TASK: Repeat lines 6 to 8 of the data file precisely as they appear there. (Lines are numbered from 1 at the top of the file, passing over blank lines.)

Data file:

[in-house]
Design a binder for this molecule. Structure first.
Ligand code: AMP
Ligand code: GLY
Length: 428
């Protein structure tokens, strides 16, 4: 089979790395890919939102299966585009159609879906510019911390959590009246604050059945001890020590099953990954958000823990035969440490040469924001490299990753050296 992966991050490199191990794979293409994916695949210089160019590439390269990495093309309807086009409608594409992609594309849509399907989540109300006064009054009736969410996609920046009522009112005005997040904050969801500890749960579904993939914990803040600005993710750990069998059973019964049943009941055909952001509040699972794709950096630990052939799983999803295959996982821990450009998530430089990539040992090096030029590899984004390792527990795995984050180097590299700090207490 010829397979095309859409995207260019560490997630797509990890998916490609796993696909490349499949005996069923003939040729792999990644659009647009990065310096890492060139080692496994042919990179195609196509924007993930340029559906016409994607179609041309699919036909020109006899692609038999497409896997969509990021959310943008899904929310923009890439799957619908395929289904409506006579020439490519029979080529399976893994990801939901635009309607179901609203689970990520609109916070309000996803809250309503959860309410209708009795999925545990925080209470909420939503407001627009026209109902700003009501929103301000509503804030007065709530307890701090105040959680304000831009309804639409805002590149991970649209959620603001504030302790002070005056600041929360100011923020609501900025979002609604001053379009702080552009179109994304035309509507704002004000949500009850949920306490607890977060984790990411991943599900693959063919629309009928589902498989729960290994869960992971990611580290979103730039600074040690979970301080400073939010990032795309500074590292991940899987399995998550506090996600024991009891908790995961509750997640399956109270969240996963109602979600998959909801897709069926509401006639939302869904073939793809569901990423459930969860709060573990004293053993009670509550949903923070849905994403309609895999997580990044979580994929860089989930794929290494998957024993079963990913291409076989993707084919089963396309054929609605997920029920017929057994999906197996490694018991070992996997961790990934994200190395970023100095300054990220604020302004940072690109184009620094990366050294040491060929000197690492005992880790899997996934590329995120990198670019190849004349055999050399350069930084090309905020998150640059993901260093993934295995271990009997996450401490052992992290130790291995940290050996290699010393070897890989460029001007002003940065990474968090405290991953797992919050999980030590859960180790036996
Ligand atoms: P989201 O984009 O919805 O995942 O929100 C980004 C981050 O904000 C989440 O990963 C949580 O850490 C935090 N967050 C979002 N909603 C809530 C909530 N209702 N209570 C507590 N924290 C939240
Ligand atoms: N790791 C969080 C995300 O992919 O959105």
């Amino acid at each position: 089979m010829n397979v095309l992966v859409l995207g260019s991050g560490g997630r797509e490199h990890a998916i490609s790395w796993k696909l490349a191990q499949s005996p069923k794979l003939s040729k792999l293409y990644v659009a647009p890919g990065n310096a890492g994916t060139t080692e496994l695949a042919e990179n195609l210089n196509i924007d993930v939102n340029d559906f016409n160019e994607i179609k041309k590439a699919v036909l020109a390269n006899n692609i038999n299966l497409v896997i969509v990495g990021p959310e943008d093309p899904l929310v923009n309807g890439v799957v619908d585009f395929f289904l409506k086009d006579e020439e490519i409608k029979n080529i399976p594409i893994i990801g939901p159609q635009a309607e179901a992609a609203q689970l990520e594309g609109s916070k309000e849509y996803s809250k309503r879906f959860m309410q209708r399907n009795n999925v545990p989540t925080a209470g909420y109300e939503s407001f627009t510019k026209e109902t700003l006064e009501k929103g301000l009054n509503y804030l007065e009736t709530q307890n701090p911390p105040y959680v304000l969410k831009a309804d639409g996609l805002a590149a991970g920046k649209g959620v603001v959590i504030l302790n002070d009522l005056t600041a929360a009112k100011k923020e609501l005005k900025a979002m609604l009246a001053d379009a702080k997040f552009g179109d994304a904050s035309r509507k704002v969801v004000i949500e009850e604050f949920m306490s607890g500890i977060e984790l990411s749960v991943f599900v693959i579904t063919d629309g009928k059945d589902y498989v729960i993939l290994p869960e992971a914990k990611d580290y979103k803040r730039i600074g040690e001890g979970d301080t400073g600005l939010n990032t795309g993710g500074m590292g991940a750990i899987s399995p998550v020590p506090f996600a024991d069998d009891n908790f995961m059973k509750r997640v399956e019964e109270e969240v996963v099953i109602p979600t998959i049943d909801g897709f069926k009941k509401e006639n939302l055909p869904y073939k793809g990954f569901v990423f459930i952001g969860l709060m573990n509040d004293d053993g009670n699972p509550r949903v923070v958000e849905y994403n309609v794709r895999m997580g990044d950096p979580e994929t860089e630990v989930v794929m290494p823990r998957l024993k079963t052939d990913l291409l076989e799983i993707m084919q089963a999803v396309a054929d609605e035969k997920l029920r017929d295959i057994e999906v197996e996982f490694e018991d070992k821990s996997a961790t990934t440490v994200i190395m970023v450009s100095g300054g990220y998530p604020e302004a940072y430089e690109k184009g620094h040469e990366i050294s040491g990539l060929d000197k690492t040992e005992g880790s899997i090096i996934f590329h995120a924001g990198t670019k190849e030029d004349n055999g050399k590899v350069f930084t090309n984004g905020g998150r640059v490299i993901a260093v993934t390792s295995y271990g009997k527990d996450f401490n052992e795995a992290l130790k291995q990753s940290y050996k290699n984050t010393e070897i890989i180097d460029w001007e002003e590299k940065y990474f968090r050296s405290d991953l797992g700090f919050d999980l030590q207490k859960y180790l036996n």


């Protein structure tokens, strides 16, 4: 089979790395890919939102299966585009159609879906510019911390959590009246604050059945001890020590099953990954958000823990035969440490040469924001490299990753050296 992966991050490199191990794979293409994916695949210089160019590439390269990495093309309807086009409608594409992609594309849509399907989540109300006064009054009736969410996609920046009522009112005005997040904050969801500890749960579904993939914990803040600005993710750990069998059973019964049943009941055909952001509040699972794709950096630990052939799983999803295959996982821990450009998530430089990539040992090096030029590899984004390792527990795995984050180097590299700090207490 010829397979095309859409995207260019560490997630797509990890998916490609796993696909490349499949005996069923003939040729792999990644659009647009990065310096890492060139080692496994042919990179195609196509924007993930340029559906016409994607179609041309699919036909020109006899692609038999497409896997969509990021959310943008899904929310923009890439799957619908395929289904409506006579020439490519029979080529399976893994990801939901635009309607179901609203689970990520609109916070309000996803809250309503959860309410209708009795999925545990925080209470909420939503407001627009026209109902700003009501929103301000509503804030007065709530307890701090105040959680304000831009309804639409805002590149991970649209959620603001504030302790002070005056600041929360100011923020609501900025979002609604001053379009702080552009179109994304035309509507704002004000949500009850949920306490607890977060984790990411991943599900693959063919629309009928589902498989729960290994869960992971990611580290979103730039600074040690979970301080400073939010990032795309500074590292991940899987399995998550506090996600024991009891908790995961509750997640399956109270969240996963109602979600998959909801897709069926509401006639939302869904073939793809569901990423459930969860709060573990004293053993009670509550949903923070849905994403309609895999997580990044979580994929860089989930794929290494998957024993079963990913291409076989993707084919089963396309054929609605997920029920017929057994999906197996490694018991070992996997961790990934994200190395970023100095300054990220604020302004940072690109184009620094990366050294040491060929000197690492005992880790899997996934590329995120990198670019190849004349055999050399350069930084090309905020998150640059993901260093993934295995271990009997996450401490052992992290130790291995940290050996290699010393070897890989460029001007002003940065990474968090405290991953797992919050999980030590859960180790036996
Ligand atoms: P989201 O984009 O919805 O995942 O929100 C980004 C981050 O904000 C989440 O990963 C949580 O850490 C935090 N967050 C979002 N909603 C809530 C909530 N209702 N209570 C507590 N924290 C939240
Ligand atoms: N790791 C969080 C995300 O992919 O959105």